Over the past few years, identity theft and fraud have become a nationwide epidemic. Although many people associate these issues on a personal level, fraud issues are also prevalent to small businesses. If you are a small business owner in ((blog.city)), you should be concerned about fraud and how you can prevent it from happening. Below, you’ll find of the best tips and tricks to help avoid your ((blog.city)) business becoming the victim of fraud.
Conduct Thorough Background Checks
One of the best ways to ensure that your ((blog.city)), ((blog.state)) business does not fall victim to fraud is by conducting extensive background checks. Not only should you run background checks on the employees you hire, but you should also do so for any contractors with which you work.
Unfortunately, many small business owners forgo background checks because it’s an added cost, and they don’t believe they have the funds available to cover the cost. However, the cost of background checks pales in comparison the cost of falling victim to fraud. When it comes to conducting background checks, you should:
- Run criminal records
- Check the individual’s references
- Verify other information on the individual’s resume
Establish A Fraud Policy Statement
Another way small business owners can prevent fraud is by establishing a policy statement. Many small business owners assume that fraud is against company policy – and typically it is. However, you need to make sure that you put this in writing so that it is clear to all employees. You should also explain this to your employees upon hiring. Your employees should not have any doubts about how seriously the company considers fraud and why this is the case.
Work with your legal counsel to amend your Operations Guide and make sure that you include something that defines clearly what fraud is, why you’re against it and some of the instances that would constitute fraud. You should also make clear the consequences were someone to commit fraud. Once you’ve crafted this definition, you’ll need all of your current employees to sign a document acknowledging that they accept and understand the fraud policy.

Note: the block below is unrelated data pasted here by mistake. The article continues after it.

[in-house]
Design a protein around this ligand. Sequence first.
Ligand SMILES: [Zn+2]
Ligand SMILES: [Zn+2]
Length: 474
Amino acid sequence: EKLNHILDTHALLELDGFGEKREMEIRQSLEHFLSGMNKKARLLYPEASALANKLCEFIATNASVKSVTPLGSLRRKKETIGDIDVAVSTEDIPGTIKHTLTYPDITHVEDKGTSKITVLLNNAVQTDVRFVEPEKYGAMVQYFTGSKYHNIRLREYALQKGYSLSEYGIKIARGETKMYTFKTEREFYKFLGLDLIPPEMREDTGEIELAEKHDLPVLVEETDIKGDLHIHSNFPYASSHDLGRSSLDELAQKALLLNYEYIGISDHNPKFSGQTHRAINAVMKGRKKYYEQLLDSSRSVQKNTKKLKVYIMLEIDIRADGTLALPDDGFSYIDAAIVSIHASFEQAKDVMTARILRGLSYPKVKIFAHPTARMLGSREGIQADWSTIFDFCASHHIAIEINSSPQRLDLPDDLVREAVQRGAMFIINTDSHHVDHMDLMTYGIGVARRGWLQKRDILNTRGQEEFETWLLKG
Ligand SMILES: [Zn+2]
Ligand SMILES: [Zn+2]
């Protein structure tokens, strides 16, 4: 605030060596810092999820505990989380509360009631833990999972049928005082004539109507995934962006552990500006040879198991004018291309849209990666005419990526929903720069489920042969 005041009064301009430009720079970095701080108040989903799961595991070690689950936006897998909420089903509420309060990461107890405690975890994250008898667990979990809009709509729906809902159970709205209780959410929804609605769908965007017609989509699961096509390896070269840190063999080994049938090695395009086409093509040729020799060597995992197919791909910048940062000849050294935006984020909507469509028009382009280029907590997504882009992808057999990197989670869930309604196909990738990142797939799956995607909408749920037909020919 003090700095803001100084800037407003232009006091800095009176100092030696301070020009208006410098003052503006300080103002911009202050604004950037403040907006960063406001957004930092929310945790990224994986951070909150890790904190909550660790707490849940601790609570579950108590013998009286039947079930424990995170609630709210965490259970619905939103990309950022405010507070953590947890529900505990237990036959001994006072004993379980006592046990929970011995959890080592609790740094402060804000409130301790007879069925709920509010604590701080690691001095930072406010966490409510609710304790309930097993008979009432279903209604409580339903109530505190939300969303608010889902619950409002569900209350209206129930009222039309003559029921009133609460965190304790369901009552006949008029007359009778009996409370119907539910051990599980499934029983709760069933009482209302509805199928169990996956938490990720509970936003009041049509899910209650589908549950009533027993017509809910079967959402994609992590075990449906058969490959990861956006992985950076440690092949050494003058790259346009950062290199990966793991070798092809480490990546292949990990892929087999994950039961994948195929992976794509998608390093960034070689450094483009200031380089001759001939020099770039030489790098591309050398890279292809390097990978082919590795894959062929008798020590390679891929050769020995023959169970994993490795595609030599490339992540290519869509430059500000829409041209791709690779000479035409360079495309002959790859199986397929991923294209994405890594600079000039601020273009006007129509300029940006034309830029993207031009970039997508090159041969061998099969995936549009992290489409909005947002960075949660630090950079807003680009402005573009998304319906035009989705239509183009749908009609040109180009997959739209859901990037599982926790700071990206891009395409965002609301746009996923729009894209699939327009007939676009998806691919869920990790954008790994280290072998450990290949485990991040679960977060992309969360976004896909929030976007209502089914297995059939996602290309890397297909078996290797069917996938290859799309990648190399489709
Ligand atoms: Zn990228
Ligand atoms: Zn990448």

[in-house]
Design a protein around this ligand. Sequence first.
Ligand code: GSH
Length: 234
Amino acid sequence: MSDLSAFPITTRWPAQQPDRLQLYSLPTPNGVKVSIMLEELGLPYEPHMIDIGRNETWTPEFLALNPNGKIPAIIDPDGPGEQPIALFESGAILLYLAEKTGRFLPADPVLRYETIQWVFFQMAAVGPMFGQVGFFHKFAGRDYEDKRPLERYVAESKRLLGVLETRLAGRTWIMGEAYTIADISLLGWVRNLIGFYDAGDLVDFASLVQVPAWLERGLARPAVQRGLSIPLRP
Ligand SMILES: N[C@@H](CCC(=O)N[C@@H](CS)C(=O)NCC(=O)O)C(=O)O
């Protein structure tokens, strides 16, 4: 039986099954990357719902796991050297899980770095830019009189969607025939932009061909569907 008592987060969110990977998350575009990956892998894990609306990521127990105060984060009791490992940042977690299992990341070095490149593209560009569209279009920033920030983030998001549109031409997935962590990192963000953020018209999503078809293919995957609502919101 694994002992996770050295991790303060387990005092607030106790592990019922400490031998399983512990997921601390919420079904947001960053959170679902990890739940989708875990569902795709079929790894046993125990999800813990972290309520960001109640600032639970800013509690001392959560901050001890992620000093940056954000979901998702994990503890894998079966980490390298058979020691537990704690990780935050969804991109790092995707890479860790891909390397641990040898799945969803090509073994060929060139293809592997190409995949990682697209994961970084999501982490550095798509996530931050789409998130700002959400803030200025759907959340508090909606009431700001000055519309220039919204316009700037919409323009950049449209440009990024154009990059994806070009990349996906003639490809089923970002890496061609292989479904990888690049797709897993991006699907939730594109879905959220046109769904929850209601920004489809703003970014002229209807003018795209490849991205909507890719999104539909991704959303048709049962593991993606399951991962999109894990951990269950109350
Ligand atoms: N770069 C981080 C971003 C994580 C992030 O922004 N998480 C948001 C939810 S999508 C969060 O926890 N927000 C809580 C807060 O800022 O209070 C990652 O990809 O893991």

Protect Your Intellectual Property
When it comes to preventing fraud, many small business owners overlook intellectual property. If you have an idea, it could be protected. You should make efforts to protect things such as your company:
- Contact lists
Do you have something in your current Operations Manual protecting your intellectual property? If not, nothing is stopping an employee from obtaining your business’ thoughts and ideas, stealing them, and implementing them as his or her own. You should clearly define that intellectual property is covered under the Fraud Policy Statement.
Furthermore, you should also try to protect all of your intellectual property legally. You can do so through the United States government. Although these processes can take a while to complete, many courts accept initial filings as proof of concept. Failure to protect these ideas could cost your business hundreds of thousands of dollars.